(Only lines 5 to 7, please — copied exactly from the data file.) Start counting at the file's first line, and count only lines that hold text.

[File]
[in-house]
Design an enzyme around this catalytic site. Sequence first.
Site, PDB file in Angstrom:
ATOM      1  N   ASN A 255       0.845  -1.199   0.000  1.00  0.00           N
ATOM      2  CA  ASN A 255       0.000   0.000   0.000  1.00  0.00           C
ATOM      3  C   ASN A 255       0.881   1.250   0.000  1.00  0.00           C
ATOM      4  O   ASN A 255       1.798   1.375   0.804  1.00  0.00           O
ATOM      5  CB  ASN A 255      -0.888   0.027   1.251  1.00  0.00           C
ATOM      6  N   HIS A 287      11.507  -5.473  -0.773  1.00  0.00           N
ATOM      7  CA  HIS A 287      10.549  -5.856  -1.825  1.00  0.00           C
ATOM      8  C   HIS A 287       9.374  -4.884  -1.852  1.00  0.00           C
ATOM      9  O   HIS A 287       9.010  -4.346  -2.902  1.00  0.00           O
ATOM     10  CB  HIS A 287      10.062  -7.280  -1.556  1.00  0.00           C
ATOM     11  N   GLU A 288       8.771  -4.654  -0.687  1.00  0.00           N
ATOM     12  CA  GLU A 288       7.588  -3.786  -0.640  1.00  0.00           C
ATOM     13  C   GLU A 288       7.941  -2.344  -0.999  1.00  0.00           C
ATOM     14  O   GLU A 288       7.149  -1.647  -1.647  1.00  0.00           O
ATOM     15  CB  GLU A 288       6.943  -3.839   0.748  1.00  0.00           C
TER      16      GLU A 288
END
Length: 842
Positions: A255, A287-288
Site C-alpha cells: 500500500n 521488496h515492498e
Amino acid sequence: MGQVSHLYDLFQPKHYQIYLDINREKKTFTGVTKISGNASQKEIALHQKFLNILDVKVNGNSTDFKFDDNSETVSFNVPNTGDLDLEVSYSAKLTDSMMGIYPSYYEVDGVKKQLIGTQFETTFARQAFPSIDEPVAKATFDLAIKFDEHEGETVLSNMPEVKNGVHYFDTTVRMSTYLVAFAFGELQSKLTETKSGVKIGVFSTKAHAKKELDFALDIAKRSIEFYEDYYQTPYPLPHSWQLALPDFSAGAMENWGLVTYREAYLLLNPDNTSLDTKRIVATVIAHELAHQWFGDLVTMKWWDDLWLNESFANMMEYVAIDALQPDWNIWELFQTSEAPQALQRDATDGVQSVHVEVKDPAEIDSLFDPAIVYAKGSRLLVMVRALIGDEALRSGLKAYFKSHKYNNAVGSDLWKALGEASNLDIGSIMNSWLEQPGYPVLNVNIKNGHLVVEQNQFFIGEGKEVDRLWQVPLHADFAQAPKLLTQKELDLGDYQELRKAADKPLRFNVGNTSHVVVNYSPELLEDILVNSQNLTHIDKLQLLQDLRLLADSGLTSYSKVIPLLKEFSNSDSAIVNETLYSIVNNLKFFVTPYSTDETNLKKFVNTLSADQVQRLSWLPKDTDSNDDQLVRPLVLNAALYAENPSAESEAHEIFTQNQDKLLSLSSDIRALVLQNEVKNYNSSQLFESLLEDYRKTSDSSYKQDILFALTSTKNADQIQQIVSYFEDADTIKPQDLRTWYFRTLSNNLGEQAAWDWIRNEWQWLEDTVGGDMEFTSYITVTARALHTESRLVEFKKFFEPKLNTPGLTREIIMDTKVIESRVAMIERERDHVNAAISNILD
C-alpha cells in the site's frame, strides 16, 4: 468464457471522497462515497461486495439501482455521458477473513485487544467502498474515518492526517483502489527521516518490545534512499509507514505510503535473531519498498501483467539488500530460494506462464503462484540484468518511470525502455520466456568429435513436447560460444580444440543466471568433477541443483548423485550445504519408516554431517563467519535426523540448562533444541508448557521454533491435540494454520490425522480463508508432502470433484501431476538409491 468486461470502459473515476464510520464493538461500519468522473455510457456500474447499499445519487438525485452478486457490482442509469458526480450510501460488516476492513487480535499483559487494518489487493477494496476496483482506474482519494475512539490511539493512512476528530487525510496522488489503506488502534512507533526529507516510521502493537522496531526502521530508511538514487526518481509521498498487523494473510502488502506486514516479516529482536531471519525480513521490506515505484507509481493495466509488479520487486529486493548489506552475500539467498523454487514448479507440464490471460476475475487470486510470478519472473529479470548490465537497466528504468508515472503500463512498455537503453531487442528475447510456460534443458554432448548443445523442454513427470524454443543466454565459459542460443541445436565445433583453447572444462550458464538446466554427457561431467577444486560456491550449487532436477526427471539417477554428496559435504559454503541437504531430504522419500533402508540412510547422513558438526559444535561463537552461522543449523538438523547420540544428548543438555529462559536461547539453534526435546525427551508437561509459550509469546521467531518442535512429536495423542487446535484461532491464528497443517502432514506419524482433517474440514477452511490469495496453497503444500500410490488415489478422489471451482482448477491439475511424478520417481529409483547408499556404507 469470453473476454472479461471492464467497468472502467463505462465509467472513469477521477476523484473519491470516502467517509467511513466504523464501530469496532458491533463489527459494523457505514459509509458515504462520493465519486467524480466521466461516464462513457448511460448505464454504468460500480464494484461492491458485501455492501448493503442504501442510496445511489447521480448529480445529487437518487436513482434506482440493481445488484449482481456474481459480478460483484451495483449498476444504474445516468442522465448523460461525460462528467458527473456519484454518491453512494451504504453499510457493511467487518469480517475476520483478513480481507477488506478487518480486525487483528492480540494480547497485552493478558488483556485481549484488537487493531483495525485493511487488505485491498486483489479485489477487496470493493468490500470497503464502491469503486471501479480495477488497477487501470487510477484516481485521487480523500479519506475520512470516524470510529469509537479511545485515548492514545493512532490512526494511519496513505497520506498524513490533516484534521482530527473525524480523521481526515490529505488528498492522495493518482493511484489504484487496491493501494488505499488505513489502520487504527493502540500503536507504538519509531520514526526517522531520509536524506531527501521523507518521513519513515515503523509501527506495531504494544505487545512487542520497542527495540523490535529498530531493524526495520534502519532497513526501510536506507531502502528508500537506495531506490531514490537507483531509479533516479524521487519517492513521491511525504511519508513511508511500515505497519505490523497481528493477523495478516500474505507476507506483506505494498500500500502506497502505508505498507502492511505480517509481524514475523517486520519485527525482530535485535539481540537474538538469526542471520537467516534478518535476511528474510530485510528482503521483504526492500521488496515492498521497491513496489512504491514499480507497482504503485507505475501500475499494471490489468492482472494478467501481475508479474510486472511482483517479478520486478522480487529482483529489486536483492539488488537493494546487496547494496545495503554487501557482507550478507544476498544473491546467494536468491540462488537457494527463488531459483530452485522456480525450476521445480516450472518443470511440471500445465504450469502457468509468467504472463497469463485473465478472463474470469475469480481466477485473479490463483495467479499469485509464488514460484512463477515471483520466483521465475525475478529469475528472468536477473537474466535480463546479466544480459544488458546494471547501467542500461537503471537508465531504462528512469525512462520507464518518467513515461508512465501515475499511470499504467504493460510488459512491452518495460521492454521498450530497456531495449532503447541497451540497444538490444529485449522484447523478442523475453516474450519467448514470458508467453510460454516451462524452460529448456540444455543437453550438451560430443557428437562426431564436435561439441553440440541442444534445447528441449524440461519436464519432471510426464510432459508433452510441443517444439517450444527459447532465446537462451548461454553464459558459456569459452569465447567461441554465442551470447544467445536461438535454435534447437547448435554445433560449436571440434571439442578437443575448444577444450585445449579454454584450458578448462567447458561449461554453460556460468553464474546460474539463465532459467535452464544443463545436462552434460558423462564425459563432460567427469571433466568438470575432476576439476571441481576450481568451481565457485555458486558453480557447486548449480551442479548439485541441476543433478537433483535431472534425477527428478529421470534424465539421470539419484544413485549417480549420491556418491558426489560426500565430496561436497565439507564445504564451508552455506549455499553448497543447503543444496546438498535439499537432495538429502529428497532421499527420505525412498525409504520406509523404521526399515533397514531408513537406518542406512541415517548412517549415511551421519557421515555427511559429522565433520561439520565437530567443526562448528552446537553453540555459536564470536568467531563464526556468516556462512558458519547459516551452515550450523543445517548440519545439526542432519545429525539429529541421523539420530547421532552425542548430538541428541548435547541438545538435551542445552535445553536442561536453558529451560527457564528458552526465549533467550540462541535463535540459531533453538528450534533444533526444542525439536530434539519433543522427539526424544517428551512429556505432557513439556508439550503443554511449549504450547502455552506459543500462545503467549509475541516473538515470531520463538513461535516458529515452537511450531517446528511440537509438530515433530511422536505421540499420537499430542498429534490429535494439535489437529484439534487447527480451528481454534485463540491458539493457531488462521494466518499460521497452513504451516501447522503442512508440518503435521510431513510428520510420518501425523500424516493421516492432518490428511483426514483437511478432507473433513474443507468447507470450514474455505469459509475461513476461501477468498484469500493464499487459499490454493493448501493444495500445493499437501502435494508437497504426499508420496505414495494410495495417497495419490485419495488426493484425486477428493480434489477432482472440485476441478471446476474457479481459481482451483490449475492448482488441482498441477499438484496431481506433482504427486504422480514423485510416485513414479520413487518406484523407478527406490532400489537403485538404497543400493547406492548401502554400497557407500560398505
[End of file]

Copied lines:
ATOM      2  CA  ASN A 255       0.000   0.000   0.000  1.00  0.00           C
ATOM      3  C   ASN A 255       0.881   1.250   0.000  1.00  0.00           C
ATOM      4  O   ASN A 255       1.798   1.375   0.804  1.00  0.00           O